exemptions under section 408(l)(6) and requires that the regulations be
consistent with section 408(b)(2) and (c)(2) and FIFRA section 18.
    Section 408(l)(6) allows EPA to establish tolerances or exemptions
from the requirement for a tolerance, in connection with EPA's granting
of FIFRA section 18 emergency exemptions, without providing notice or a
period for public comment. Thus, consistent with the need to act
expeditiously on requests for emergency exemptions under FIFRA, EPA can
establish such tolerances or exemptions under the authority of section
408(e) and (l)(6) without notice and comment rulemaking.
    In establishing section 18-related tolerances and exemptions during
this interim period before EPA issues the section 408(l)(6) procedural
regulation and before EPA makes its broad policy decisions concerning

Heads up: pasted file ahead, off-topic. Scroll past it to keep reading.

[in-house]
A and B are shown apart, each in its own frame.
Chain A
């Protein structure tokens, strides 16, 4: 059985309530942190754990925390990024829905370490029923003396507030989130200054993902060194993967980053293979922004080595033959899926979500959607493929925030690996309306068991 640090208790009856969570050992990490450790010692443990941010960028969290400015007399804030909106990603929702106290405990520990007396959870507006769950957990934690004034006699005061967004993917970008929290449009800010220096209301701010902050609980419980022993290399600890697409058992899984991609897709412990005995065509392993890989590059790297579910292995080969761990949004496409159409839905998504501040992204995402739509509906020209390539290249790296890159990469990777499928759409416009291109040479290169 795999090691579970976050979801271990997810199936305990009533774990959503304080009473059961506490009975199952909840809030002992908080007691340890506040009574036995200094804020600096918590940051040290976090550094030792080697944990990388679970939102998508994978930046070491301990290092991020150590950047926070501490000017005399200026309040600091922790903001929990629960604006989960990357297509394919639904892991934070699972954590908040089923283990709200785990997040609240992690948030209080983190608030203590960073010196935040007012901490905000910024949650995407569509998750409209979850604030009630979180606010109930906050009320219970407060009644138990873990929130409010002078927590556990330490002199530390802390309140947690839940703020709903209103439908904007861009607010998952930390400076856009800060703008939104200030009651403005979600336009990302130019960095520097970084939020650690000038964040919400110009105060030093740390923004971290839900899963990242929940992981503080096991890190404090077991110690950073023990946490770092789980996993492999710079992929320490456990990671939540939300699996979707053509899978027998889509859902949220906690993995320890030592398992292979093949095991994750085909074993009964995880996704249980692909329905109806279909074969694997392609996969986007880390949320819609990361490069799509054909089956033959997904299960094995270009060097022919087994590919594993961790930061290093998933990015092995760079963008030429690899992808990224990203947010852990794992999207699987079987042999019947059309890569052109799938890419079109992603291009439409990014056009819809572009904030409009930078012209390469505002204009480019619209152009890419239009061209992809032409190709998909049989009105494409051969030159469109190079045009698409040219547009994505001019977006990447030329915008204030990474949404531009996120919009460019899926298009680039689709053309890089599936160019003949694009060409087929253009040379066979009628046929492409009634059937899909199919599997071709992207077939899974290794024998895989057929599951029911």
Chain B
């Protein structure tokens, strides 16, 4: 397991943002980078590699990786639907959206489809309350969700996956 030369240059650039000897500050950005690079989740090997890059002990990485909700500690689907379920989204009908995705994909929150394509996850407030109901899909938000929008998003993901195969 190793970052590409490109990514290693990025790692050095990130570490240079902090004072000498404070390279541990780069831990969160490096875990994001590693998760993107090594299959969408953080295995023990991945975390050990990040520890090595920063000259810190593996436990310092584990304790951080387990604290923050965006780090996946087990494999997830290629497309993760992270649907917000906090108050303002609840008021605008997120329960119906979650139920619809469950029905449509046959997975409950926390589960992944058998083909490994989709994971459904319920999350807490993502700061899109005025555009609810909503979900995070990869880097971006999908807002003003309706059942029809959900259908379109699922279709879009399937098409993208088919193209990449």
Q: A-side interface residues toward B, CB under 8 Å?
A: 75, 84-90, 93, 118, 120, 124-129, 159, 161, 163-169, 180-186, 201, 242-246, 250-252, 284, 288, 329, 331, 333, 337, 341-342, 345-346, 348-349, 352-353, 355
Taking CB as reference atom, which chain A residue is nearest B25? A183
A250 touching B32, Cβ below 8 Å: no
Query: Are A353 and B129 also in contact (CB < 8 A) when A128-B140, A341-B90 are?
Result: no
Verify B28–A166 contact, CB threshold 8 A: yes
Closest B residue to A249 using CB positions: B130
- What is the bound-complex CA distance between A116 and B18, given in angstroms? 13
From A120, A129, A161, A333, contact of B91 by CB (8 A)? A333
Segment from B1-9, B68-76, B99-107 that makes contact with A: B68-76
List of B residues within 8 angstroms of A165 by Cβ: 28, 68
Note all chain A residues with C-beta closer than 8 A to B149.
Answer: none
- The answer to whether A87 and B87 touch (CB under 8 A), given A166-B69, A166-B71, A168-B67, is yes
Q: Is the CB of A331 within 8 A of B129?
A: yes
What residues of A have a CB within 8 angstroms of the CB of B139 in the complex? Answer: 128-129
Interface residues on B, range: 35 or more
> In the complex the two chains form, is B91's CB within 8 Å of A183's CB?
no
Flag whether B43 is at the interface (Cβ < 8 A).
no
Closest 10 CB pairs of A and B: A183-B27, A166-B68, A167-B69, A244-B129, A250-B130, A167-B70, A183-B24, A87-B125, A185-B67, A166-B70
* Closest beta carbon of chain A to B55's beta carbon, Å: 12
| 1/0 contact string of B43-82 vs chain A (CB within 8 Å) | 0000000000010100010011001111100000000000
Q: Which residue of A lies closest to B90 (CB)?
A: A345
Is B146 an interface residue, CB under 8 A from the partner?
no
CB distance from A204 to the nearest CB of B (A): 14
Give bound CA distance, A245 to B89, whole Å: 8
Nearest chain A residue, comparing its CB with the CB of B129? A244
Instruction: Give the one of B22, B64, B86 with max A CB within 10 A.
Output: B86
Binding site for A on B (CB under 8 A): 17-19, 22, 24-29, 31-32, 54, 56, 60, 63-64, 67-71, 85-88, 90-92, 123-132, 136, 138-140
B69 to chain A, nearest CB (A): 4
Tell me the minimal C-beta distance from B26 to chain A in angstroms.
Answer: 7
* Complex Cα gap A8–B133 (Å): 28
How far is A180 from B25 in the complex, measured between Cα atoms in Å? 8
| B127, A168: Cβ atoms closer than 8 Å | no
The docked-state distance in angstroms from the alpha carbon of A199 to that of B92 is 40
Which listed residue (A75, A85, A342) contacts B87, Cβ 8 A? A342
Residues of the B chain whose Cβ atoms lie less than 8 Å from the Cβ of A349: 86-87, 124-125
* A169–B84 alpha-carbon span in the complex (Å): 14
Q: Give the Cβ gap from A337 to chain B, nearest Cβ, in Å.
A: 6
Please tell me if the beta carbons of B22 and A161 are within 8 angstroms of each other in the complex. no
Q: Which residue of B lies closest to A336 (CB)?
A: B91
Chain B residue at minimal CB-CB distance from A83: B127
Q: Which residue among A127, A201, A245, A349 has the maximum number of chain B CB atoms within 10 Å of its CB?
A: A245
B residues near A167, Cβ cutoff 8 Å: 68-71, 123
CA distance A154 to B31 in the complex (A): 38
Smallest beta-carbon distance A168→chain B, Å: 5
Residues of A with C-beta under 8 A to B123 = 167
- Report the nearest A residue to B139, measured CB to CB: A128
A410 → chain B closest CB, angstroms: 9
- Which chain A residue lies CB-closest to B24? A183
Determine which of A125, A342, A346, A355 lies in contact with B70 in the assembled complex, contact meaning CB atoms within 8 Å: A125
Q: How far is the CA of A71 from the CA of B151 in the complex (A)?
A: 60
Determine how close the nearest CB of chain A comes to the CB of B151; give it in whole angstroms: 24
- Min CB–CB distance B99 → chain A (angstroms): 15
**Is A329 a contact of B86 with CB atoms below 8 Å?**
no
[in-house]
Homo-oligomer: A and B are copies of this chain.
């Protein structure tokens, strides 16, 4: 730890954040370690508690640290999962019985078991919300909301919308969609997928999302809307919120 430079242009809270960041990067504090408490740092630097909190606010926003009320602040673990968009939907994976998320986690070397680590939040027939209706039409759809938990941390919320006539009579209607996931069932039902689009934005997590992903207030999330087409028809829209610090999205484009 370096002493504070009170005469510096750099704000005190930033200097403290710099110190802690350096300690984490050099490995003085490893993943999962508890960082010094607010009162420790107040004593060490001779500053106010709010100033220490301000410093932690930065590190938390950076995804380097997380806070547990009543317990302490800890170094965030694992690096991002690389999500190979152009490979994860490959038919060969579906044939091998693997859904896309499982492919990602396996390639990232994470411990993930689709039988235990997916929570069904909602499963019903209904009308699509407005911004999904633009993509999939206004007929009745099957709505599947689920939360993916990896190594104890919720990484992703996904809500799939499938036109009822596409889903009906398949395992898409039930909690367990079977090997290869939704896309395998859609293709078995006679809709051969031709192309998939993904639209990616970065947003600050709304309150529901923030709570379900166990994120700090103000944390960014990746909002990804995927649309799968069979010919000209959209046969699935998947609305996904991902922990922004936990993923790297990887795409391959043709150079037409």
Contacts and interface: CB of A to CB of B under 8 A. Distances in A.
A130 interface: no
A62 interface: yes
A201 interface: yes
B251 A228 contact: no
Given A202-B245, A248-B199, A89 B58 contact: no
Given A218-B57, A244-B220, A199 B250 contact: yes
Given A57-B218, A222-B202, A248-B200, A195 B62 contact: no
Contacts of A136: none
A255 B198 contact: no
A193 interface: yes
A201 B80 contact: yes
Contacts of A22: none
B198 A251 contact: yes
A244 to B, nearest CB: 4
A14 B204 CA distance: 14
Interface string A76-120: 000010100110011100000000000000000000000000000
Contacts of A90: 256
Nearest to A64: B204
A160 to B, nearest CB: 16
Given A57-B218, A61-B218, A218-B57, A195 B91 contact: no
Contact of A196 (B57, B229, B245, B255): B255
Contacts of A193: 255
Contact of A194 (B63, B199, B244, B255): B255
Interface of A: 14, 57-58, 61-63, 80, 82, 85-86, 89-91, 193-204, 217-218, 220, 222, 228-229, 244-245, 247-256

the interpretation and implementation of the new section 408, EPA does
not intend to set precedents for the application of section

[[Page 63722]]

408 and the new safety standard to other tolerances and exemptions.
Rather, these early section 18 tolerance and exemption decisions will
be made on a case-by-case basis and will not bind EPA as it proceeds
with further rulemaking and policy development. EPA intends to act on
section 18-related tolerances and exemptions that clearly qualify under
the new law.

II. Emergency Exemption for Triadimefon on Chili Peppers and FFDCA

    On September 10, 1996, the New Mexico Department of Agriculture
availed of itself the authority to declare the existence of a crisis
situation within the state, thereby authorizing use under FIFRA section
18 of triadimefon on chili peppers to control powdery mildew (Oidiopsis
taurica). New Mexico stated that emergency conditions developed due to
unusually wet conditions in the chili pepper growing regions of the
state, which resulted in an outbreak of powdery mildew. This pest, New
Mexico asserts, can have devastating effects on growers' production and
    As part of its assessment of this crisis declaration, EPA assessed